Question 3: What are the two or three things that will have the most impact on improving the operations of the business and on increasing customer satisfaction? Having ensured that the critical components of the network and system are healthy, you can now focus on collecting and analyzing data so you can make decisions that will improve the safety and performance of the network.

You now know what are the highest priority areas for data collection and analysis. You can now move to step 2, selecting your operational data collect and analysis tools.

Step 2: Choosing your network monitoring tools

There are two primary reasons why you should monitor network resources and record what is happening. The first reason is to ensure the reliability, availability and integrity of the network. The second reason is to provide you with the data necessary for you to analyze, troubleshoot and if necessary recreate specific network conditions. Distinguishing between these two distinct roles is essential for ensuring that you generate meaningful, relevant and actionable network data.

Along with event logs, network monitors and protocol analyzers are the primary source of information about what is happening on the network. These tools ideally continually collect data on each layer of the OSI model, have the capability to capture traffic on multiple network segments simultaneously, collect frames sent to or from individual network nodes, monitor the status of network nodes and capture data on multiple protocols and topologies. Capturing this information can provide both a snap shot of the network at a moment in time and an historical record of the network activities over a period of time.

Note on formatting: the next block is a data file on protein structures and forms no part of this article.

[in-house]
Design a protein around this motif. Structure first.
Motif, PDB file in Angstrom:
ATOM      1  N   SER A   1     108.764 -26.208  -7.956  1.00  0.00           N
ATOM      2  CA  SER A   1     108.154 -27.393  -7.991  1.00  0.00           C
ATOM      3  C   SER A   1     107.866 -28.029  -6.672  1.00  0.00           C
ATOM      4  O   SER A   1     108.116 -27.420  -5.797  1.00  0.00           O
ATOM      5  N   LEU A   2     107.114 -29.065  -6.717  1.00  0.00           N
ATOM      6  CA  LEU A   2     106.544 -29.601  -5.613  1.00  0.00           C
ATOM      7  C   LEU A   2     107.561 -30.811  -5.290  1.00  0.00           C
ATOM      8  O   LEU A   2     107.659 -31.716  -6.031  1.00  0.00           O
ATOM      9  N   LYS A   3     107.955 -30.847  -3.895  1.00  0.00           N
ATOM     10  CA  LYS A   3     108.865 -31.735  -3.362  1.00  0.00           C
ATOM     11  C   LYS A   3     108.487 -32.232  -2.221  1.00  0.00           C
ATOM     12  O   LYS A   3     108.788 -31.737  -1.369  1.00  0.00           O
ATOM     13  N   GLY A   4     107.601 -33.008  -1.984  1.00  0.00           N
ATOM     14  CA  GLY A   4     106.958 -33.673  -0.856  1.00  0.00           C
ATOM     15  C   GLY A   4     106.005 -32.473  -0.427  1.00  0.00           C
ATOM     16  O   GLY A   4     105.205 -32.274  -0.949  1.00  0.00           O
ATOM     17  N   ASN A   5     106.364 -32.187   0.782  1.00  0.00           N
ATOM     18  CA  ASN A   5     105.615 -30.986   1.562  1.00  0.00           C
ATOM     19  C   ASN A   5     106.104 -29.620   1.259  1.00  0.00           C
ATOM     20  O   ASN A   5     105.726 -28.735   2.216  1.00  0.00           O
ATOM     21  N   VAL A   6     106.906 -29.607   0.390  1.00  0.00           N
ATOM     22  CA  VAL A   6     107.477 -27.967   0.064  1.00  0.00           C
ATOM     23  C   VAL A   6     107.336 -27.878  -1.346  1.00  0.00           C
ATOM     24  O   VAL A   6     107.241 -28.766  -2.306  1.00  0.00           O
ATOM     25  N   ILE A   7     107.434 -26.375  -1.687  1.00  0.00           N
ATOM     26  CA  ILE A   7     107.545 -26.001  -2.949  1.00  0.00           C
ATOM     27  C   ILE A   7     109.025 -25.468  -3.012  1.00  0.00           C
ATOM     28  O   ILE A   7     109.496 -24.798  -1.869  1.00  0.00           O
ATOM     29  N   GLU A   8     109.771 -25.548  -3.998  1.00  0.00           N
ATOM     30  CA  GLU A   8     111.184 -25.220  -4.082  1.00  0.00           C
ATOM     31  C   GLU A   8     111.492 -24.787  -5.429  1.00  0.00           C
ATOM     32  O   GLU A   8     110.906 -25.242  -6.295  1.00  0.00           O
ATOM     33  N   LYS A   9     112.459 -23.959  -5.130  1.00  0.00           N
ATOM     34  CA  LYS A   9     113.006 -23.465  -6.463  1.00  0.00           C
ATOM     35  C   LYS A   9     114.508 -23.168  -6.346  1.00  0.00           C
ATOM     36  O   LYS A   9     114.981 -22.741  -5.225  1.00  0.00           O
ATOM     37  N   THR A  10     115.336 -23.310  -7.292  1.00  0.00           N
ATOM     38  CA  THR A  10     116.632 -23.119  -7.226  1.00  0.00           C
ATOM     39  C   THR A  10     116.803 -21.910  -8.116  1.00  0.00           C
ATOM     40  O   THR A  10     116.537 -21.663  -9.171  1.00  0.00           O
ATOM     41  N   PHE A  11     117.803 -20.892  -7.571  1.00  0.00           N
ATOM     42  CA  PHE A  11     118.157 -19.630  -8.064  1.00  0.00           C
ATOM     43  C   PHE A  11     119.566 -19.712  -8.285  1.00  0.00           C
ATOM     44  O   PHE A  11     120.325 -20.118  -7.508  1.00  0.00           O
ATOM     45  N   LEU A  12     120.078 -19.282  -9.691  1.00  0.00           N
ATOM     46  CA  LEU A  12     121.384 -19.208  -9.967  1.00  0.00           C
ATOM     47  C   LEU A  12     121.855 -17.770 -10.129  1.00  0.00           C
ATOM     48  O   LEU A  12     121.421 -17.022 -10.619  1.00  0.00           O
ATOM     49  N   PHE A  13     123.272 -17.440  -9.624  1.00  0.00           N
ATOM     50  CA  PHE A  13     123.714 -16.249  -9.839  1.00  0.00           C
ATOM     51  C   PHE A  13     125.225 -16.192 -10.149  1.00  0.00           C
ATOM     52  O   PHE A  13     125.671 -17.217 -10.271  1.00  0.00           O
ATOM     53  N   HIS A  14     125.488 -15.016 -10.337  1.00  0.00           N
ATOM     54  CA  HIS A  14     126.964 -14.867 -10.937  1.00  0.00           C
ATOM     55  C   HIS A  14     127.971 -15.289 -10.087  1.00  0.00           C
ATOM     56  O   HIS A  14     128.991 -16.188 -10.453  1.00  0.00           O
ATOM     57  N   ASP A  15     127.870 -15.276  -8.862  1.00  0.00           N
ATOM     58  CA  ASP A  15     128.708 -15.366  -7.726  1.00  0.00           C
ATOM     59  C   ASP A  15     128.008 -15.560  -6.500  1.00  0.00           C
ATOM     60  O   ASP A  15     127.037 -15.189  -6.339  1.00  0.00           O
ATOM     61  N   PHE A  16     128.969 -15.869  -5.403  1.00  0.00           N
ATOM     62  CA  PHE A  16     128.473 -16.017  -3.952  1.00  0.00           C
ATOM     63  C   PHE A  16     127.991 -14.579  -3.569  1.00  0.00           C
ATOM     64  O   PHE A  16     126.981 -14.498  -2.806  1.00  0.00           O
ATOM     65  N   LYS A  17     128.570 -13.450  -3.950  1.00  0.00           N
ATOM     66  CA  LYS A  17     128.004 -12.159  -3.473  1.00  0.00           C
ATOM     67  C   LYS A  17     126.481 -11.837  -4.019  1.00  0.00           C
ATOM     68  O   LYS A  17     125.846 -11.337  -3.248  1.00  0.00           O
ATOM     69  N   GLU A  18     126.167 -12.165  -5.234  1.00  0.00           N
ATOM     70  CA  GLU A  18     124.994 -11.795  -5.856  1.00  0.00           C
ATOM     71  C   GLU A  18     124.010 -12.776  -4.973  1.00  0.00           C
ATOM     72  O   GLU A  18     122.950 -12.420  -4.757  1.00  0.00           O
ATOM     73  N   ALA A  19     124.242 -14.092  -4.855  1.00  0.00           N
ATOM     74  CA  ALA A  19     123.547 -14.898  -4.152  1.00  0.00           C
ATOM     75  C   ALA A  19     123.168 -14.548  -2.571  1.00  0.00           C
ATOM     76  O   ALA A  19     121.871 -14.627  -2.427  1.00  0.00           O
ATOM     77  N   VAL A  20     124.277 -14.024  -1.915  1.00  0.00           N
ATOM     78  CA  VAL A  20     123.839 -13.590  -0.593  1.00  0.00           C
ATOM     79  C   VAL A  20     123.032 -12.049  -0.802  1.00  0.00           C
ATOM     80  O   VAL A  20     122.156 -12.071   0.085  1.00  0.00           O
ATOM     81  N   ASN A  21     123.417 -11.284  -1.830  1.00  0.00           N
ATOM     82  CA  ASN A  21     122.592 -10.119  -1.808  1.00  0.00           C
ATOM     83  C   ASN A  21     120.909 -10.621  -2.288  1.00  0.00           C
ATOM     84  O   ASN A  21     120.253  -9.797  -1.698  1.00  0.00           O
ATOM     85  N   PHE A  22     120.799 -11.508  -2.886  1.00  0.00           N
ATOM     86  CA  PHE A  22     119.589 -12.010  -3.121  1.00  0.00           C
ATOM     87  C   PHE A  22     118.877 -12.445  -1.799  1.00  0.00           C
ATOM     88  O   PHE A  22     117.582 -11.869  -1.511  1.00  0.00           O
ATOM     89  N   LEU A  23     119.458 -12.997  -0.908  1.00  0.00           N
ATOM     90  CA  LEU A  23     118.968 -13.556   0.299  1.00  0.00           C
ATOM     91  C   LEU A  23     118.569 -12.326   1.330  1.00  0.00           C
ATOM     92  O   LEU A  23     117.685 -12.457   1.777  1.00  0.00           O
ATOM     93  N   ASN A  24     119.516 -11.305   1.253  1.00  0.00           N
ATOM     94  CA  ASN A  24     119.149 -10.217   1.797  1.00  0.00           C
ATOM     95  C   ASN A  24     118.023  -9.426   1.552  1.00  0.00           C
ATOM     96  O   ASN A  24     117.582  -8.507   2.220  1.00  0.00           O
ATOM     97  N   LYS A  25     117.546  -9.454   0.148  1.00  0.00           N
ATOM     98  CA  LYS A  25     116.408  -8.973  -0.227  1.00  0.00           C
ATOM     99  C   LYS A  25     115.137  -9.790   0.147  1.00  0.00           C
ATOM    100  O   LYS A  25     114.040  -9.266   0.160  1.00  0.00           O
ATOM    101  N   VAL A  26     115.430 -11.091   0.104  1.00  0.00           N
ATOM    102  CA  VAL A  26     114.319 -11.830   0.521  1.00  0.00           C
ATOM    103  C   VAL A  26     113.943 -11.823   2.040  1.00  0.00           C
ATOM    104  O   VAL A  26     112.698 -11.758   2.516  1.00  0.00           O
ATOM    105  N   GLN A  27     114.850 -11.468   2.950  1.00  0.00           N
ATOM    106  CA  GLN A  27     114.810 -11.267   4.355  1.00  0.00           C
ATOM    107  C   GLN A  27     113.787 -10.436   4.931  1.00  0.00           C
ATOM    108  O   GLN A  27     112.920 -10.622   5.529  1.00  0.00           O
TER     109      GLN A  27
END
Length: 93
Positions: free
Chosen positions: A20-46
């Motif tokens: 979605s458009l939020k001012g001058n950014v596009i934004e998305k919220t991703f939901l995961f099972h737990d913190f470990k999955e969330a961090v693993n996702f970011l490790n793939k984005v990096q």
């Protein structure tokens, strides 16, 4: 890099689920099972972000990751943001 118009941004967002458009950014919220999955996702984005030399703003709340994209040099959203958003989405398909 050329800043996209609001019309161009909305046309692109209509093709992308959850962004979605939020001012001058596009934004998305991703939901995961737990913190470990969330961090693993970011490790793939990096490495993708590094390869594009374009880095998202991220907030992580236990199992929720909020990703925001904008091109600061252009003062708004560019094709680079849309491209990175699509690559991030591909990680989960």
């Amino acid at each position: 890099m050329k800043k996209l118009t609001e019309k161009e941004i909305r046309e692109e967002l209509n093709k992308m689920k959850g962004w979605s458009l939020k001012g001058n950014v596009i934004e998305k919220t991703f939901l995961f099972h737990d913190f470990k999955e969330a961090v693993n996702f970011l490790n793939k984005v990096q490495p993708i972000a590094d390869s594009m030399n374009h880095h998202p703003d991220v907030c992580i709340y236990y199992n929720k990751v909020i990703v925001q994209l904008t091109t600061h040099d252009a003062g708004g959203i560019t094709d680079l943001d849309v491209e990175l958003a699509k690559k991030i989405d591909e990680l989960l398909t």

In addition to being able to collect your network data your tools should have to help you manage and interpret your network data. Four capabilities to look for are:

First, you should be able to see real-time data or close to real-time data. The tool should be able to push the information to you rather than requiring you to request reports or sign-on to a web page. The tool should also allow you to select different profiles so that only operational data relevant to what you are monitoring is displayed.